Moscow promises Venus and rockets usable 100 times

Moscou promet Vénus et des fusées utilisables 100 fois

The Russian space agency Roskosmos, buffeted by competition from SpaceX of Elon Musk, announced on Friday that it planned to bring back samples of the soil of Venus, and to develop a reusable spacecraft for a hundred of launches.

“To replace the current Soyuz-2, we are building a rocket in the methane. It will be developed from the beginning as a set reusable. Not semi-reusable as in at Space-X, but reusable, the first floor will be reusable over a hundred times,” said the boss of Roskosmos, Dmitri Rogozin in an interview to the news agency Ria Novosti.

SpaceX has just passed its first launch and return to Earth of a spaceship Crew Dragon with two astronauts on-board the Nasa. Its rocket Falcon 9 is a partially reusable, as the capsule inhabited, what reduce the costs.

“Our engineers (…) do not want to repeat what their colleagues at SpaceX are doing, but surpass them,” said Mr. Rogozin.

He also mocked the landing “coarse” of Crew Dragon, believing that only an arrival on the “land” is “as it should”, using the French expression.

The company of billionaire Elon Musk, who has the ambition to colonize Mars one day, was a blow to the space industry of the Russian, already undermined by scandals and corruption, putting an end to the monopoly of human spaceflight to the international space Station, held for nearly ten years by Moscow.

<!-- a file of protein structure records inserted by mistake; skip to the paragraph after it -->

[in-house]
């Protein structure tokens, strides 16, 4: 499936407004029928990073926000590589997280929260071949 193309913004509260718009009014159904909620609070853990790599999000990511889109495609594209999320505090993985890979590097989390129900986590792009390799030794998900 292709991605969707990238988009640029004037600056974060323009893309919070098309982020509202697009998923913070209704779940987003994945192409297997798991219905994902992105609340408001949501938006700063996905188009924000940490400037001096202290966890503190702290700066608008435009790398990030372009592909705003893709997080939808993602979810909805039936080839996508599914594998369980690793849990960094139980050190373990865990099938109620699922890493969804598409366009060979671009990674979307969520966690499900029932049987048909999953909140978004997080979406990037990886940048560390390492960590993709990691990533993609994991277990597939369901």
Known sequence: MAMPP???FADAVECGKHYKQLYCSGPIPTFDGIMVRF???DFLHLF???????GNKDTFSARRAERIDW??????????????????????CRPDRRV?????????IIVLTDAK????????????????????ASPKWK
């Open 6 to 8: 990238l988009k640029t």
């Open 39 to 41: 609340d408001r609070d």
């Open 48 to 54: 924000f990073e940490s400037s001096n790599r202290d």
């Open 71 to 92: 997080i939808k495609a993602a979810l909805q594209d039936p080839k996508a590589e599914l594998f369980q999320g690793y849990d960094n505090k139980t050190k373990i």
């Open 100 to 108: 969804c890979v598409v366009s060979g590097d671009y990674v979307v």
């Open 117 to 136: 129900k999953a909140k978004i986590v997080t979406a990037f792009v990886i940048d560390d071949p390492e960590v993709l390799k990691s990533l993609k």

“You know how”

Another priority is Russian, according to Mr. Rogozin, back on Venus, a planet where only soviet probes were posed. The objective would be to bring back samples and to study and to understand its atmosphere where the greenhouse effect is significant, at a time when the Earth is threatened by climate change.

“Venus is more interesting than Mars (…) if we do not understand the process (climate), how to understand, how to prevent such a scenario on our planet?”, said the head of Roskosmos.

According to him, it is not enough to ask a device on Venus, but also bring back samples of its soil to Earth. This would be a real breakthrough.”

“We know how to do it,” said Mr. Rogozin.

He had thought it better to act “independently” rather than in the framework of a cooperation with the United States.

Flat, Dmitry Rogozin noted, however, that budget cuts threaten his ambitions.

The ministry of Finance is planning to reduce by 60 billion rubles (€690 million) the budget for space Russian, which adds to previous cups even more important than that.

“I don’t understand how people could work under such conditions”, said Mr Rogozin, noting that “the final amount can only be determined by the president” Vladimir Putin.

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